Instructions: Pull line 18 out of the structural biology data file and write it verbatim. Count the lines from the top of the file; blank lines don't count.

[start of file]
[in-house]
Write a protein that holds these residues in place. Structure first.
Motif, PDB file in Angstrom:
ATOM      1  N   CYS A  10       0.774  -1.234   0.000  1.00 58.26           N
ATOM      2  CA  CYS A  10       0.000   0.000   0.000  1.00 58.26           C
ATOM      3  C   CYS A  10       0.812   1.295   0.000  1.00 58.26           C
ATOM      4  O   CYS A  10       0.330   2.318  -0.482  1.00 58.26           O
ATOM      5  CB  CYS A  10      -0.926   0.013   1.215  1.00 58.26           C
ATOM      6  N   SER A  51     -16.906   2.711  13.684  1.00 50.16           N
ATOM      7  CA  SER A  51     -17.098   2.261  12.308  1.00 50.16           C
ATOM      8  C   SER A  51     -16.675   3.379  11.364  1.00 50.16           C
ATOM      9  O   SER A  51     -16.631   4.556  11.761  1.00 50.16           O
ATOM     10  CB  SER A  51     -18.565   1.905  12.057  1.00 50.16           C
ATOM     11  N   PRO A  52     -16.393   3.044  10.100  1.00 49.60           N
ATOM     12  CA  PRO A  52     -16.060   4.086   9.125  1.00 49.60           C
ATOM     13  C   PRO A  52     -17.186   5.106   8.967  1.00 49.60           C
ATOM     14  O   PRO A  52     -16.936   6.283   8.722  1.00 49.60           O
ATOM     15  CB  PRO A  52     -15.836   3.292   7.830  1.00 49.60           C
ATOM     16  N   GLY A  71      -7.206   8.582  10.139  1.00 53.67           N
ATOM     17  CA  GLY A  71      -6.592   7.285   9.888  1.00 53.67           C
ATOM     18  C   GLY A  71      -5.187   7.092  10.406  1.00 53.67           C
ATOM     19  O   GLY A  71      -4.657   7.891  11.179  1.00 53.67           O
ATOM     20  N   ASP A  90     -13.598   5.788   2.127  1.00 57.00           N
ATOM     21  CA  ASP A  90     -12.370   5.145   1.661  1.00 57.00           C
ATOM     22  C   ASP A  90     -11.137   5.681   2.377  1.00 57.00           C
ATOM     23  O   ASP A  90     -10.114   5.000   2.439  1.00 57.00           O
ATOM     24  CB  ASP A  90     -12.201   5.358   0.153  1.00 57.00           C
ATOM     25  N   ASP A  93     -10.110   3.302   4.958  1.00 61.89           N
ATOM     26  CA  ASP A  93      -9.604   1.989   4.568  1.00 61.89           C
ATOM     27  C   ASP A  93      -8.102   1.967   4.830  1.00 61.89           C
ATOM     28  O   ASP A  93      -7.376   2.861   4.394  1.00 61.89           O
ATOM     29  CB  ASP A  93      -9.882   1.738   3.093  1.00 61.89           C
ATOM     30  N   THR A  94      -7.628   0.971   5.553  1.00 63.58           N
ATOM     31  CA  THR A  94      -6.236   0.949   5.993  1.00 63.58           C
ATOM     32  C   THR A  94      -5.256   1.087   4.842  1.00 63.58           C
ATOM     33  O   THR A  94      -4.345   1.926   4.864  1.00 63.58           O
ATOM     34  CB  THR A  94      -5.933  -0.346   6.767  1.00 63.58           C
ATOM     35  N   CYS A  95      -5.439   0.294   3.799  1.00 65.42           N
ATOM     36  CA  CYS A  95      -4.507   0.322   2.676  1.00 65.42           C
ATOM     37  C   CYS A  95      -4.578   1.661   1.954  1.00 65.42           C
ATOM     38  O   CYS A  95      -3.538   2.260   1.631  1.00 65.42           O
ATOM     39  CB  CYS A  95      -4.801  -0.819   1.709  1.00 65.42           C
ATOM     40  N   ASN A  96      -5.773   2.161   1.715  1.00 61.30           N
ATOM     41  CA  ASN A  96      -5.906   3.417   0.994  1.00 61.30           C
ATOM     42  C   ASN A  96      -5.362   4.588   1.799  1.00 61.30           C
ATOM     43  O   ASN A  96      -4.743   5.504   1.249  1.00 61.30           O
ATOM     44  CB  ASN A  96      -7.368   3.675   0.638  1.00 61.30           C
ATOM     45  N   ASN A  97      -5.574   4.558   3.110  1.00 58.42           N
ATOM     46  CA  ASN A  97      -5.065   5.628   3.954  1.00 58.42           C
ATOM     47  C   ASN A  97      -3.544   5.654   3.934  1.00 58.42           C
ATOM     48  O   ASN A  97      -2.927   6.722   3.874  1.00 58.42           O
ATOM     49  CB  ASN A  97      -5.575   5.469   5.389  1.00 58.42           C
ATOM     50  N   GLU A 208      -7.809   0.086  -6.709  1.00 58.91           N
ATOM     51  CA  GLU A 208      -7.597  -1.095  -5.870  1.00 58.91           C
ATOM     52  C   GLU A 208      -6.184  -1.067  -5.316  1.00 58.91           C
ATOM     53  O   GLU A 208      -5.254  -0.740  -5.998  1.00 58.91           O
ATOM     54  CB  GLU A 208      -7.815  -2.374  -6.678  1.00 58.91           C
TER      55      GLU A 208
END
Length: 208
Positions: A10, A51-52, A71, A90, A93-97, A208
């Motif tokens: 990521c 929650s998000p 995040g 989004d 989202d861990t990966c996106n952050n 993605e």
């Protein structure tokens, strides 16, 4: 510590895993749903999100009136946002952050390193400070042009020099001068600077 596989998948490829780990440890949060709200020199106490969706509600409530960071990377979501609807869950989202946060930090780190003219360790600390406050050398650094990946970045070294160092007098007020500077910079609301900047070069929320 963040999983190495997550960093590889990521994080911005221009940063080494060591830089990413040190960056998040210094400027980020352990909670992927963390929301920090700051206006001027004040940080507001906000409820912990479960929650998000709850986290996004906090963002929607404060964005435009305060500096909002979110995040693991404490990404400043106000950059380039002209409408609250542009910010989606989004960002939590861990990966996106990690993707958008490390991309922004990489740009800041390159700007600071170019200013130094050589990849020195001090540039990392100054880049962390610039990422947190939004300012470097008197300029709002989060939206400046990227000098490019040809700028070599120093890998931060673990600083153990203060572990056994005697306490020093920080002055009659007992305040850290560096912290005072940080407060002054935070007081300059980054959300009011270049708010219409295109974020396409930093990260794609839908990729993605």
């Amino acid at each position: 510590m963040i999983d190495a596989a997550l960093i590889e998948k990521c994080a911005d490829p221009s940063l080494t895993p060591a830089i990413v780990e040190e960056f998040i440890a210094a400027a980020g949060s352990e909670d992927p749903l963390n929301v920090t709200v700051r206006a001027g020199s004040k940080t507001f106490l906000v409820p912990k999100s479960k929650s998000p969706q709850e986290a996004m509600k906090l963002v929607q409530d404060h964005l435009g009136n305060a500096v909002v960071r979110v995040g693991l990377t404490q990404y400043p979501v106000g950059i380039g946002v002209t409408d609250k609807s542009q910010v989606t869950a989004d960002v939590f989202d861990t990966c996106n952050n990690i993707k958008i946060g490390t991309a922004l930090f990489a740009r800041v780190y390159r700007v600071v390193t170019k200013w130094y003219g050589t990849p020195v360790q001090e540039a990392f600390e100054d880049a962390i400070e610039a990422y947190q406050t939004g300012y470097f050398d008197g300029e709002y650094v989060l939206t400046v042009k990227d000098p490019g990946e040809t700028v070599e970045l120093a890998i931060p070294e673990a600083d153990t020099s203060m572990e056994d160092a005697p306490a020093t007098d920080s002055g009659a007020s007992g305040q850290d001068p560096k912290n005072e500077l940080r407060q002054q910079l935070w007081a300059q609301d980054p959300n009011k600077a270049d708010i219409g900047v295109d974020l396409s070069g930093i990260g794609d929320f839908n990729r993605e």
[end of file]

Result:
ATOM     15  CB  PRO A  52     -15.836   3.292   7.830  1.00 49.60           C